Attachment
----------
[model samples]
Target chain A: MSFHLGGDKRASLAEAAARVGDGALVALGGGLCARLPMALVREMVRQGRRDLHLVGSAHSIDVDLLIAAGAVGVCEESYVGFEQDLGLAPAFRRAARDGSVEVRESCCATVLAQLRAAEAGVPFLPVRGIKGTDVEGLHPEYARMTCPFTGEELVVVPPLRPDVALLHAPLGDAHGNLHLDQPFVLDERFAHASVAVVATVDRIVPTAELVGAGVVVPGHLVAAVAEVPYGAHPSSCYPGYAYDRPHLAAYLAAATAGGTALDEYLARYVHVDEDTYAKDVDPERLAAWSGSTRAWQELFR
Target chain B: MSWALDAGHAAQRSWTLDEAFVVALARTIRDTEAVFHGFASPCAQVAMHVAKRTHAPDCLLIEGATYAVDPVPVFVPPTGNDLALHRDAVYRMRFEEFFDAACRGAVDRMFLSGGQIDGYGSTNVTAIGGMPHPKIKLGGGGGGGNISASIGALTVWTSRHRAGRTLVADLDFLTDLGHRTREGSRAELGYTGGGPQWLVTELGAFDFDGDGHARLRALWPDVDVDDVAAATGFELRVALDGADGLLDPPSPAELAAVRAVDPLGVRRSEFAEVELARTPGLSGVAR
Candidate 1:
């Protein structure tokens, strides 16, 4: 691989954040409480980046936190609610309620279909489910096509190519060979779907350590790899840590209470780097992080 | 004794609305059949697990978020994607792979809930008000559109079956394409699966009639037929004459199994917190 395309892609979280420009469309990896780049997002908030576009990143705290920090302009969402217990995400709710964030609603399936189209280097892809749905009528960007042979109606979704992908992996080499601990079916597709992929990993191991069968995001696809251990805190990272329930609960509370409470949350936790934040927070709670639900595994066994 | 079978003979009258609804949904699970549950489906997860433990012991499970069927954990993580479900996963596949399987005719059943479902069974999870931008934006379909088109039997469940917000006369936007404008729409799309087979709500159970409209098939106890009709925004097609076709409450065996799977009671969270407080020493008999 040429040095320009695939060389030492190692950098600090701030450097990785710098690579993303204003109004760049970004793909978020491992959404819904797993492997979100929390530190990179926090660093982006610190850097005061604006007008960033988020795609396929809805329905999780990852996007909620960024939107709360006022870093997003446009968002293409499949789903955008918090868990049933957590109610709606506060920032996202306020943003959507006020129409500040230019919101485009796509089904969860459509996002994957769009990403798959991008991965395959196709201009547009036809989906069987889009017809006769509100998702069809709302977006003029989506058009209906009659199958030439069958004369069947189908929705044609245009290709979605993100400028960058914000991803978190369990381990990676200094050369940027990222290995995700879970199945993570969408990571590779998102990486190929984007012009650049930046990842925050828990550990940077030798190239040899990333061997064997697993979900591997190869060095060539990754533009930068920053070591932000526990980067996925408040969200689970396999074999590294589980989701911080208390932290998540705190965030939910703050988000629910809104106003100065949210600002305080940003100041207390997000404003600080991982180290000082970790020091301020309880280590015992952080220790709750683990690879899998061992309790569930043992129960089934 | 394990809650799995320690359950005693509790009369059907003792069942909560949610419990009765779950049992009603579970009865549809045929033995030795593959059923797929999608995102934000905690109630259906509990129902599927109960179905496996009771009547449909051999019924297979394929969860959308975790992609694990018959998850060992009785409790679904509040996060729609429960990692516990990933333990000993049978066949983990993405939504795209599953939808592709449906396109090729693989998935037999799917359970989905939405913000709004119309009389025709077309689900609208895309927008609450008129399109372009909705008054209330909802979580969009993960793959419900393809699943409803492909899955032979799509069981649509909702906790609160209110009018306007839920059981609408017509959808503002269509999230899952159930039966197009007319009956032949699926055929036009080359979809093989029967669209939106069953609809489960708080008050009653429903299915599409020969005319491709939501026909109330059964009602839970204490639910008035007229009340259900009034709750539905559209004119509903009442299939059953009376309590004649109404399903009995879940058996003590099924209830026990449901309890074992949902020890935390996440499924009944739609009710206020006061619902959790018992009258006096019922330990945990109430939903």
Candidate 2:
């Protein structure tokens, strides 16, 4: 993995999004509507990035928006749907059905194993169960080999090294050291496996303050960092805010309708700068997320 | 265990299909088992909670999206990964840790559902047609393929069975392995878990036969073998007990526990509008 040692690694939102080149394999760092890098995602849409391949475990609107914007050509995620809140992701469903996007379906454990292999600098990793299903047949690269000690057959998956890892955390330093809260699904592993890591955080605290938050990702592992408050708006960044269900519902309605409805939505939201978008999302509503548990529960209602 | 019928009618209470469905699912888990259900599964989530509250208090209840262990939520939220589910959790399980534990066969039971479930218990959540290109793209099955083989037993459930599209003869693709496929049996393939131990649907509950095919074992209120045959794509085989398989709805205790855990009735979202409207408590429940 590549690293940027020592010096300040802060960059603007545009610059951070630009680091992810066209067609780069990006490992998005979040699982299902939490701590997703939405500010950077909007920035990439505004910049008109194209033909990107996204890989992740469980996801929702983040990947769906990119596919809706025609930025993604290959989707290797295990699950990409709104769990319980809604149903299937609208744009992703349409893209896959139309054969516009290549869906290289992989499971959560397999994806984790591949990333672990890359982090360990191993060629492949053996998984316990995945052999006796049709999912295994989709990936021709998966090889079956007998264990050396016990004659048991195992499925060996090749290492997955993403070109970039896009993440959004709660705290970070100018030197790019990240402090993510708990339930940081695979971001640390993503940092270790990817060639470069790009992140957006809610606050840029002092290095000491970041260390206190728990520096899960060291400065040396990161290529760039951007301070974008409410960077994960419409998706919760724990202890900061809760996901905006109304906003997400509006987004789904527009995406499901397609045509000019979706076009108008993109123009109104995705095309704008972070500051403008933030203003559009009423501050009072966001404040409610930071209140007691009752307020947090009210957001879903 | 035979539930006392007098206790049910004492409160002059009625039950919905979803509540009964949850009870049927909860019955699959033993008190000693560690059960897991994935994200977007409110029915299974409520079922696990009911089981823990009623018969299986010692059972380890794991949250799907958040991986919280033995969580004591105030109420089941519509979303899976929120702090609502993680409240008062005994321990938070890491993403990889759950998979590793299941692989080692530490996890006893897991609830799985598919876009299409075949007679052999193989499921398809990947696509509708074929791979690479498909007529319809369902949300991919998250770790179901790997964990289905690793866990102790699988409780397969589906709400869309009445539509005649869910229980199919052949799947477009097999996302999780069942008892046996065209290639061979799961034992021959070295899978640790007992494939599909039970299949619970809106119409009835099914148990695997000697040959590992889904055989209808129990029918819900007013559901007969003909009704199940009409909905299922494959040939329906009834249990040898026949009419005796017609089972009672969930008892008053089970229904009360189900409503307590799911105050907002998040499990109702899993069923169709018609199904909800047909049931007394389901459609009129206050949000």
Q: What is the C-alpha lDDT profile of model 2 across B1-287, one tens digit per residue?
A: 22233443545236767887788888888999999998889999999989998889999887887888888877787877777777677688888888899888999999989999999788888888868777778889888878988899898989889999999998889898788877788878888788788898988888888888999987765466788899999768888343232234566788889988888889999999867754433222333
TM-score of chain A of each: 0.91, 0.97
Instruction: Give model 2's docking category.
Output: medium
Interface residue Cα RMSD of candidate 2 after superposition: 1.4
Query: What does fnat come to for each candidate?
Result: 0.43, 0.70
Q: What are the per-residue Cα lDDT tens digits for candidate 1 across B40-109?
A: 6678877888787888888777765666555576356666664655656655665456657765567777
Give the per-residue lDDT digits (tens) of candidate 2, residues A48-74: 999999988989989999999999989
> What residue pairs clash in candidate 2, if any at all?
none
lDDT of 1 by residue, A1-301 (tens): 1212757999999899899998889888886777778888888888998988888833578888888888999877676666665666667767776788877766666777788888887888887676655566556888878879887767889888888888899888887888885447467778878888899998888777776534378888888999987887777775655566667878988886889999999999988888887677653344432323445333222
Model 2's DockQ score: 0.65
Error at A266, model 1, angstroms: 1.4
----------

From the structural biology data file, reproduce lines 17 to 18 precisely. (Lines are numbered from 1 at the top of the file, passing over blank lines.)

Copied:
A: 6678877888787888888777765666555576356666664655656655665456657765567777
Give the per-residue lDDT digits (tens) of candidate 2, residues A48-74: 999999988989989999999999989